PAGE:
Students combine hardware and attacking skills at cybersecurity competition

RIT places third in semester-long embedded capture-the-flag competition hosted by MITRE
'Three students standing '

Thomas Cenova, a computer engineering major, Brandon Adler, a computing security major, and Eric Scheler, a computer engineering major, went to Boston to represent an RIT team of computing students who placed third in the MITRE Collegiate eCTF (embedded capture-the-flag). For the competition, students from RIT’s Golisano College of Computing and Information Science and RIT’s Kate Gleason College of Engineering collaborated to learn about hardware and software security.

A team of RIT students from different computing disciplines came together last semester to place third in the 2019 MITRE Collegiate eCTF (embedded capture-the-flag) cybersecurity competition.

In this new style of CTF cybersecurity competition, students were tasked to understand both the hardware and software sides of an attack-and-defend exercise. The eCTF competition also lasted two-and-a-half months, while many cybersecurity competitions take place over a day or two.

The computing security, computer science and computer engineering students from RIT were challenged to design and implement a secure system based on a set of requirements. Students then analyzed and attacked the other team’s designs, gaining points by capturing and defending flags.

Northeastern University placed first in the competition, while Carnegie Mellon University placed second. University of Massachusetts Amherst tied with RIT for third place.

“This was our first year at this competition and we did really well for a team without any experience,” said Ziming Zhao, assistant professor of computing security and co-coach of the team. “To become a cybersecurity expert, you need to understand all the layers of a computer system—from hardware engineering to the software—and this special event was a great place for our students to learn that.”

MITRE, which operates federally funded research and development centers, has run the competition for the last four years. The event opens the scope of the cybersecurity challenge to include physical/proximal access attacks, because the main target is a real physical embedded device—which are common in Internet-of-Things devices.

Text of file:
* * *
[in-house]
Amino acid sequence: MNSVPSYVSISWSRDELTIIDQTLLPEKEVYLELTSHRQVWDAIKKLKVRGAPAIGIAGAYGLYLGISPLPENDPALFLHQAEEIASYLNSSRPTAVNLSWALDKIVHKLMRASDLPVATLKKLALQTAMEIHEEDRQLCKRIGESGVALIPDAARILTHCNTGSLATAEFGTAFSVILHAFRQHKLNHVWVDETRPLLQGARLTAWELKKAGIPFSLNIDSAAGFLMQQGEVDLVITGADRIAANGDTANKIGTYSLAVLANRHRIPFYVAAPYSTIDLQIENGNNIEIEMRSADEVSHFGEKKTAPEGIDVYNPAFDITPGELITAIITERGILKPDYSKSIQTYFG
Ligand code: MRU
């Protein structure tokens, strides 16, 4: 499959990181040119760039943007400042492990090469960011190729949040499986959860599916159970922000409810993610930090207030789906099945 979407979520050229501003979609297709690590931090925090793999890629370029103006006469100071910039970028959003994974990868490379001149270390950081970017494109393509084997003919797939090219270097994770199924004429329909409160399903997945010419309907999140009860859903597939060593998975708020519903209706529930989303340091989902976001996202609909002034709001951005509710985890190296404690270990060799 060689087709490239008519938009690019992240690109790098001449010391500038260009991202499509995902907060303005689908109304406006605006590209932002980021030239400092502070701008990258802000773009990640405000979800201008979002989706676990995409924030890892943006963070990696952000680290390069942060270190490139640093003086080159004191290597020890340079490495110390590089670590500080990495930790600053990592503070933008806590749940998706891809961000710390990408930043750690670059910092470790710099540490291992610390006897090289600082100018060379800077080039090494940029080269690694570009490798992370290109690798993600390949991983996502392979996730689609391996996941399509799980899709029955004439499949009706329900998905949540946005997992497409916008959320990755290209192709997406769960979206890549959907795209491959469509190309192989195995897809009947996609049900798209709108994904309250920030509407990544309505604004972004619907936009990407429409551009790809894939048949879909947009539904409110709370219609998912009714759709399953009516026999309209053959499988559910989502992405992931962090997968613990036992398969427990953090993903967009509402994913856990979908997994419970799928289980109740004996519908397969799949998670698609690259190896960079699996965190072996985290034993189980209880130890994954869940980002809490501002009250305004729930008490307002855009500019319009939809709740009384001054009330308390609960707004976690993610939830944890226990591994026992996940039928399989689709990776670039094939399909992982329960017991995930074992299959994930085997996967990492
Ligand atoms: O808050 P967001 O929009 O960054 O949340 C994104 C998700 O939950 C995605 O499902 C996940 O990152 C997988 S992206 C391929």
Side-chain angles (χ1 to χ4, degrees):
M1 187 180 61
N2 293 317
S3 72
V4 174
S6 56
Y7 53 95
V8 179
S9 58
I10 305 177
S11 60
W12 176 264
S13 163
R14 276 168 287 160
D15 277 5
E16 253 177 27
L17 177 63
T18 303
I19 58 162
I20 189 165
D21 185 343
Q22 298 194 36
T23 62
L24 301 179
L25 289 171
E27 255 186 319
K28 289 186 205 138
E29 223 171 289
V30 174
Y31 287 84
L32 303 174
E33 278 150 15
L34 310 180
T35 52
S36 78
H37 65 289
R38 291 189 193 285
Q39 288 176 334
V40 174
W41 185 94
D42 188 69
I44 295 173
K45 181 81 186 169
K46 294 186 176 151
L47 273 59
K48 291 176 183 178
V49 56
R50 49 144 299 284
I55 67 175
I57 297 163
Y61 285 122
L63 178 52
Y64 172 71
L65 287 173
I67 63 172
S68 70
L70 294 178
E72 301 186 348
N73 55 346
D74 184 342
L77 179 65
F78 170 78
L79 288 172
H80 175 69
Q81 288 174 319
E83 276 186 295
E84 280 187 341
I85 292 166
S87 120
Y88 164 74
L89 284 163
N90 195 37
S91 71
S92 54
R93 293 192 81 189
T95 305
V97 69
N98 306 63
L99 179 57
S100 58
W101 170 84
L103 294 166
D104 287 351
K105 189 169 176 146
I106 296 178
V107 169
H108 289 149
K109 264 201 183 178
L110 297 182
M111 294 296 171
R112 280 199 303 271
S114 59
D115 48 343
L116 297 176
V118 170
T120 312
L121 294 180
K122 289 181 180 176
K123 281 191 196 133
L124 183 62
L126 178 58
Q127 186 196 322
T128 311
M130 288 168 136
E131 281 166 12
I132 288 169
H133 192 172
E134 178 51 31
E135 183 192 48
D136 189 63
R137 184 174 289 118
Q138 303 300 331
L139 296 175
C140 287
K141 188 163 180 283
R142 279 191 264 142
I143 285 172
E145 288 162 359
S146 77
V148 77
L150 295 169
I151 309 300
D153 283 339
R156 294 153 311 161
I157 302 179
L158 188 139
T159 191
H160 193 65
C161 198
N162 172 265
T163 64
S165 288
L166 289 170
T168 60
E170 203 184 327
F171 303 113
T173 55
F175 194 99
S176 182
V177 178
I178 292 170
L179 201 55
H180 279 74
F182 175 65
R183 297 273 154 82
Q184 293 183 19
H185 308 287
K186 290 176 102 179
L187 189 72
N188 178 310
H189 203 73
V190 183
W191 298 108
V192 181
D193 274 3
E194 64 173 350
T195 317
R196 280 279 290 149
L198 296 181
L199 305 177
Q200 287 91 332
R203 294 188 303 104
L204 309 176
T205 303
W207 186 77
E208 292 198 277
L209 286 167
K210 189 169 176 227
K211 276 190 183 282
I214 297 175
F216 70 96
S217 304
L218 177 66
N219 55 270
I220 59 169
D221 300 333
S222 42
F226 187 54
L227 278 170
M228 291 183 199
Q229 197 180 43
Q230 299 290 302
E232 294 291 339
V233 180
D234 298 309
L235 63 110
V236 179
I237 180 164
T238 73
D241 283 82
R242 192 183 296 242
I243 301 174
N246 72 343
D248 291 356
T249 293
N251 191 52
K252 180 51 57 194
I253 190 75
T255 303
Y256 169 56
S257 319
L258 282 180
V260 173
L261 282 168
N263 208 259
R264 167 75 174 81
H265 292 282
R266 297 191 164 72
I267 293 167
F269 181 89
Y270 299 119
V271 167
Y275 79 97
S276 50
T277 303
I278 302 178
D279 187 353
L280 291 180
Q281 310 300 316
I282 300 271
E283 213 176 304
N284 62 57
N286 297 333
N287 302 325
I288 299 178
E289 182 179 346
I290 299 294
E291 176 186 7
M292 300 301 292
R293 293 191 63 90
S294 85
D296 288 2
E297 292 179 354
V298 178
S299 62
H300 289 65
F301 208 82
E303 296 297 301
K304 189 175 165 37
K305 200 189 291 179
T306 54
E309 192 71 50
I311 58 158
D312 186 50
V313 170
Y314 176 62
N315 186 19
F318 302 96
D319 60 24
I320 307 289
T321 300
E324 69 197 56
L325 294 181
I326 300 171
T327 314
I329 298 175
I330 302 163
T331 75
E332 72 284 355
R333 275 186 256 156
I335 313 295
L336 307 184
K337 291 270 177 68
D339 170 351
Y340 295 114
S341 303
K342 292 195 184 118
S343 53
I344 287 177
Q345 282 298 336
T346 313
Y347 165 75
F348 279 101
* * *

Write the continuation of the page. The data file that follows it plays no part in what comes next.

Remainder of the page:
In this year’s challenge, teams designed a secure video game console on the Digilent Arty Z7 development board. The system designed by students attempted to protect the intellectual property of game designers and prevent users from loading their own software. Designers had to make sure that only verified users could install and play games that they had purchased.

“I enjoyed this competition as it gave us the freedom to explore areas of hardware development not found in any of our classes,” said Thomas Cenova, a fifth-year computer engineering BS/MS from Johnson City, N.Y. “It really pushed us to the limits to learn everything about the hardware platform we used. “

RIT’s team would meet each week to develop the system and figure out what security goals they needed achieve. The platform used system on a chip (SoC), consisting of two central processing unit (CPU) cores and a field-programmable gate array (FPGA), which the team said opens a whole host of potential security issues.

“It was great having students from different majors working together and I think the best part was sharing our knowledge with each other,” said Cenova. “I definitely learned a lot more about security from them, and I hope they were able to learn more about low level hardware development from us.”

In phase two, students spent more than a month picking apart the systems created by the other 11 teams in the competition. RIT’s team tried different attack methods, raided and disabled source code and wrote exploits. The students also had to document and a produce a write-up of advanced attacks.

“RIT’s team gained a lot of its points by developing attack methods to capture specific flags and by doing it quickly,” said Ziming. “As security practitioners, we need to get our hands dirty and put our theories to the test in order to learn new things.”

A few members of the team attended the award ceremony in April, on MITRE’s campus in Boston.

RIT team members included; Cenova; Brandon Adler, a fourth-year BS/MS computing security student from Pittsford, N.Y.; Eric Scheler, a fifth-year BS/MS computer engineering student from Breinigsville, Pa.; Max Proskauer ’19, a computer engineering student from West Newton, Mass.; Langston Menezes, a computing security student from United Arab Emirates; Stuart Nevans Locke, a second-year computer science student from Bethesda, Md.; Alden Davidson ’19, a computer engineering student from Plymouth, Mass.; Jason Blocklove, a fifth-year BS/MS computer engineering student from Lansdale, Pa.; Prateek Talukdar, a computer engineering master’s student from India; and Jonathan Nissan, a third-year computing security student from Roslyn Heights, N.Y. The team was coached by Zhao and Marcin Lukowiak, associate professor of computer engineering.

To learn more about the MITRE eCTF (embedded capture-the-flag) competition, go to mitrecyberacademy.org/competitions/embedded.

To address the critical workforce needs in cybersecurity and help solve cybersecurity problems, RIT has announced the creation of a Global Cybersecurity Institute. The new three-story facility will allow RIT to address the global cybersecurity crisis by conducting groundbreaking research, education and professional training and development. It is expected to open in fall 2020, with a new executive director, and will be the first facility of its kind in upstate New York.

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